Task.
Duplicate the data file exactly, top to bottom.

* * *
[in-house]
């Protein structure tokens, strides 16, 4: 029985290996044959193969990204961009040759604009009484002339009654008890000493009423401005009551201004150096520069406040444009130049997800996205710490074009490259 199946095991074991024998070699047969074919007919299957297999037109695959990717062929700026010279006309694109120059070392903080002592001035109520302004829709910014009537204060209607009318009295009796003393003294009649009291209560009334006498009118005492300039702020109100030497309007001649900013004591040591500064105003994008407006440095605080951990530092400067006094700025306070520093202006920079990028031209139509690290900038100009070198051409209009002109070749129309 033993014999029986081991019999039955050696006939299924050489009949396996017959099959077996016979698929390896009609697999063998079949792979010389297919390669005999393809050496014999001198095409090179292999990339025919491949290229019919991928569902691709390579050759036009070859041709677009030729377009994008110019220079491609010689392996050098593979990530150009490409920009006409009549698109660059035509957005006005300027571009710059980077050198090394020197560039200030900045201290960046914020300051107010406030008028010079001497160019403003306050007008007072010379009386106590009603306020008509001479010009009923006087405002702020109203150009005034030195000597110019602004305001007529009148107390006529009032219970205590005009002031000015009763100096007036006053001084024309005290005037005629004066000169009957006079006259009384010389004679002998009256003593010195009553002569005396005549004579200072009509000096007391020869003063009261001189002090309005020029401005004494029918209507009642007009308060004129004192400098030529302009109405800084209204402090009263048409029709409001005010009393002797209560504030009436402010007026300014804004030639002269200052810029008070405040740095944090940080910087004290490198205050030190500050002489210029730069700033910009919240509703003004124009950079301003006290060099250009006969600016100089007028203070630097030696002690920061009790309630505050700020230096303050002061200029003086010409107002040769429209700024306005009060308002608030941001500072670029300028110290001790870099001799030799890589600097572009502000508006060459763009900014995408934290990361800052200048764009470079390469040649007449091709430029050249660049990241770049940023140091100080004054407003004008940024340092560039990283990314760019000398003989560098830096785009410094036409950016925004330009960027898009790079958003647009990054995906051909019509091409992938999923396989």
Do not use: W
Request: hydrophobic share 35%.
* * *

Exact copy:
[in-house]
């Protein structure tokens, strides 16, 4: 029985290996044959193969990204961009040759604009009484002339009654008890000493009423401005009551201004150096520069406040444009130049997800996205710490074009490259 199946095991074991024998070699047969074919007919299957297999037109695959990717062929700026010279006309694109120059070392903080002592001035109520302004829709910014009537204060209607009318009295009796003393003294009649009291209560009334006498009118005492300039702020109100030497309007001649900013004591040591500064105003994008407006440095605080951990530092400067006094700025306070520093202006920079990028031209139509690290900038100009070198051409209009002109070749129309 033993014999029986081991019999039955050696006939299924050489009949396996017959099959077996016979698929390896009609697999063998079949792979010389297919390669005999393809050496014999001198095409090179292999990339025919491949290229019919991928569902691709390579050759036009070859041709677009030729377009994008110019220079491609010689392996050098593979990530150009490409920009006409009549698109660059035509957005006005300027571009710059980077050198090394020197560039200030900045201290960046914020300051107010406030008028010079001497160019403003306050007008007072010379009386106590009603306020008509001479010009009923006087405002702020109203150009005034030195000597110019602004305001007529009148107390006529009032219970205590005009002031000015009763100096007036006053001084024309005290005037005629004066000169009957006079006259009384010389004679002998009256003593010195009553002569005396005549004579200072009509000096007391020869003063009261001189002090309005020029401005004494029918209507009642007009308060004129004192400098030529302009109405800084209204402090009263048409029709409001005010009393002797209560504030009436402010007026300014804004030639002269200052810029008070405040740095944090940080910087004290490198205050030190500050002489210029730069700033910009919240509703003004124009950079301003006290060099250009006969600016100089007028203070630097030696002690920061009790309630505050700020230096303050002061200029003086010409107002040769429209700024306005009060308002608030941001500072670029300028110290001790870099001799030799890589600097572009502000508006060459763009900014995408934290990361800052200048764009470079390469040649007449091709430029050249660049990241770049940023140091100080004054407003004008940024340092560039990283990314760019000398003989560098830096785009410094036409950016925004330009960027898009790079958003647009990054995906051909019509091409992938999923396989």
Do not use: W
Request: hydrophobic share 35%.